Let’s define a world currency as a widely used currency for both international transactions and official reserves. An alternative interpretation would be a single currency for the whole world (see here for more on that).
Direct benefits include very little exchange rate risk in international transactions, importing goods using your own currency (limits/eliminates balance of payments crises), world commodities priced in your currency, and greater seignioragebenefits (profits from the value of the currency being greater than cost to print).
Perhaps more importantly is that having a “world currency” tends to be an outcome of having a stable government, a large economy, a deep and liquid financial system, and far reaching influence around the world.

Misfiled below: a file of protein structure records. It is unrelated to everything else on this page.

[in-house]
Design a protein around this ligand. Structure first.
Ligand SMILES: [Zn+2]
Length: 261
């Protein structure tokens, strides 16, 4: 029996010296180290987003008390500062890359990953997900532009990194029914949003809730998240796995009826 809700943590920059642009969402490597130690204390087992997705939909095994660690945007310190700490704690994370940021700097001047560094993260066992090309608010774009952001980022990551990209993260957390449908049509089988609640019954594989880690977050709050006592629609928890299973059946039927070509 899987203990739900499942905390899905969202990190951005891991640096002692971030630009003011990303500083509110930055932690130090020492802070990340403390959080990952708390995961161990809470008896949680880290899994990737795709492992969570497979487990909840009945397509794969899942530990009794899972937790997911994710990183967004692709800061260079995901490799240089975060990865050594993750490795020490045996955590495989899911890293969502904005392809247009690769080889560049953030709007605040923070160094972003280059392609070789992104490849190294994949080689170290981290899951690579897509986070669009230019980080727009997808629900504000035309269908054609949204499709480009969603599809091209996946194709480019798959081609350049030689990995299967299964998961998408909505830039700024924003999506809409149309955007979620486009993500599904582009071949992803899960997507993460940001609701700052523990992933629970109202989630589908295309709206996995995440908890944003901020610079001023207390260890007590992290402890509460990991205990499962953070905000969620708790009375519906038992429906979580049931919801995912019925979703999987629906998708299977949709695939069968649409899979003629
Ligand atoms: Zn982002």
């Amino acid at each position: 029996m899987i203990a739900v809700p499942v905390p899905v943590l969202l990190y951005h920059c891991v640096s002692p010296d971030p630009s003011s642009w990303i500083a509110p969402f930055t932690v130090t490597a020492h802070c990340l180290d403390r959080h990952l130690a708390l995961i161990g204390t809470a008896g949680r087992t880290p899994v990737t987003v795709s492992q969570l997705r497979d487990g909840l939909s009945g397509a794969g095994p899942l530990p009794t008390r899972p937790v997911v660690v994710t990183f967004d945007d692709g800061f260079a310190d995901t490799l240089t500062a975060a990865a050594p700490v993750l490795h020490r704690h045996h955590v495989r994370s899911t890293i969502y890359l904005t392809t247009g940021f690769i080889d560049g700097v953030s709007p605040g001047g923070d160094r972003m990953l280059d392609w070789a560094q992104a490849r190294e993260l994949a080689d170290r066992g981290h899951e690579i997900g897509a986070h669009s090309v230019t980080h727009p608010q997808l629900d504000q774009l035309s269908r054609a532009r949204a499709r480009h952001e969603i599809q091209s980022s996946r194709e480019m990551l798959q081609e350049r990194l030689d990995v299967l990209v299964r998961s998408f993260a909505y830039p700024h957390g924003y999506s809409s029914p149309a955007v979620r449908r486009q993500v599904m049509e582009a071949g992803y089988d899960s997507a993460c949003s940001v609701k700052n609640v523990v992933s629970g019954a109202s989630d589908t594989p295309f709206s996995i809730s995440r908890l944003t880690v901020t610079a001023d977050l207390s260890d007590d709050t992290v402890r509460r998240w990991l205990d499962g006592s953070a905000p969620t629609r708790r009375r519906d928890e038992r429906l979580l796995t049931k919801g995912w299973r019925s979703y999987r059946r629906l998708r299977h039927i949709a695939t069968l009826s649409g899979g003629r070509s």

The US dollar’s role in the world economy has often been said to give the United States an exorbitant privilege:
- The dollar’s international role: An “exorbitant privilege”? (wonkish)
- Imagining the Dollar Without Its Privilege